‘Slow the Flow’ is a Go at SUNY New Paltz

The Office of Sustainability is launching a “Slow the Flow” campaign across campus this week, aimed at reducing water usage in two main spaces, Hasbrouck Dining Hall and residence halls, according to Sustainability Coordinator Lisa Mitten. 

Beginning on Oct. 15, repairs will begin on the Catskill Aqueduct which supplies water to both New Paltz as well as New York City. “Slow the Flow” is an extension of water conservation efforts that have been slowly implemented over a long period of time. It urges students and dining hall staff to be aware of their usage by informing them of the best ways to reduce usage.

Mitten said that while this campaign is just starting, water reduction efforts started years ago and encompase many areas of campus development, including new construction. Leadership in Energy and Environmental Design (LEED) certified buildings are now required to install low flow faucets and dual flush toilets. Buildings Management has also been assessing leakage in pipes for many years. Back in 2006, it was discovered through this examination that fifty-five thousand gallons of water were leaking from pipes per day. The problem has since then been resolved. 

One aspect of the initiative includes plans for an increased social media presence from the campus sustainability office, in addition to signs that everyone will begin to see outside of residence halls. Student ambassadors have also been promoting the cause at a table outside the lecture center at the farmers market that happens on the main academic concourse each Thursday. Emily Davison, a fourth-year student and one such ambassador who I spoke with at the Slow the Flow table, says that “ two to three hundred people” have already taken a pledge to conserve water. Moreover, on multiple occasions students have returned to the table to express to the people working there that they have started self- monitoring their usage through taking shorter showers.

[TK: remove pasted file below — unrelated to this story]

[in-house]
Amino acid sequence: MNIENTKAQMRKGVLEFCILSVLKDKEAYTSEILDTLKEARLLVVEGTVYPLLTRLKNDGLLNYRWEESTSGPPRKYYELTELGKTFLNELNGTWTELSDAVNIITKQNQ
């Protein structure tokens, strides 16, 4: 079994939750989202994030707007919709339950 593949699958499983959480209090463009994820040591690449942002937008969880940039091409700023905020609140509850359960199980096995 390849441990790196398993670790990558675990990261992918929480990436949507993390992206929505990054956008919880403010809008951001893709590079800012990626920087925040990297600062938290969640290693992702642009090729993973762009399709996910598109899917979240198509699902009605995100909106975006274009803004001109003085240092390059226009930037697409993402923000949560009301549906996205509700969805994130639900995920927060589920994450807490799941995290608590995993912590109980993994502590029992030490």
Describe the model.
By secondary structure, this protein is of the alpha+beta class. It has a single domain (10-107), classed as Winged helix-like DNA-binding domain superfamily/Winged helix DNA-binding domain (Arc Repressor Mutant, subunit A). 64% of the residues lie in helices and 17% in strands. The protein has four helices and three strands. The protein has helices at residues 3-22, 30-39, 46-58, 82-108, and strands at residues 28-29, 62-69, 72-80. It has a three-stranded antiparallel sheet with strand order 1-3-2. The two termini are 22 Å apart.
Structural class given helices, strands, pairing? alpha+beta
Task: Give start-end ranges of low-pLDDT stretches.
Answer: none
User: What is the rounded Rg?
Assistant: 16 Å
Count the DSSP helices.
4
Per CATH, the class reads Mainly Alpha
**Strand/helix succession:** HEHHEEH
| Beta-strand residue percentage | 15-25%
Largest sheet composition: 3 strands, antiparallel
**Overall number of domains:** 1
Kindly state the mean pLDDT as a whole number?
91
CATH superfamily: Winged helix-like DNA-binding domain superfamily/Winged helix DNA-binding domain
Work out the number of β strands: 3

Progress will be tracked on a week to week basis to assess how the campaign is going. But this isn’t simply an environmental movement: Mitten made it clear that Slow the Flow is also a competition between the different halls, and results will be posted on the  campus office of sustainability website as well as in the dining hall. 

“We need natural resources, and specifically water, to sustain life,” Mitten said. 

Even while living in a place where water is plentiful, to think about how we are using the resource so future generations can experience the same benefits that we have today.

Another issue involves the relationship between water scarcity and larger environmental issues, such as the health of the environment and the effects of climate change. Professor Daniel Lipson, who teaches about environmental politics, echoed Mitten’s sentiment.

“Future generations will need to have adequate quantities of water in aquifers as well as clean drinking water,” Lipson said.

As weather becomes more erratic, dry summers could disrupt well-users sources of water. Mitten hopes that the campaign will encourage environmental mindfulness with members of the community. 

“You can’t go through life and just use resources, to not care about where they came from,” said Mitten.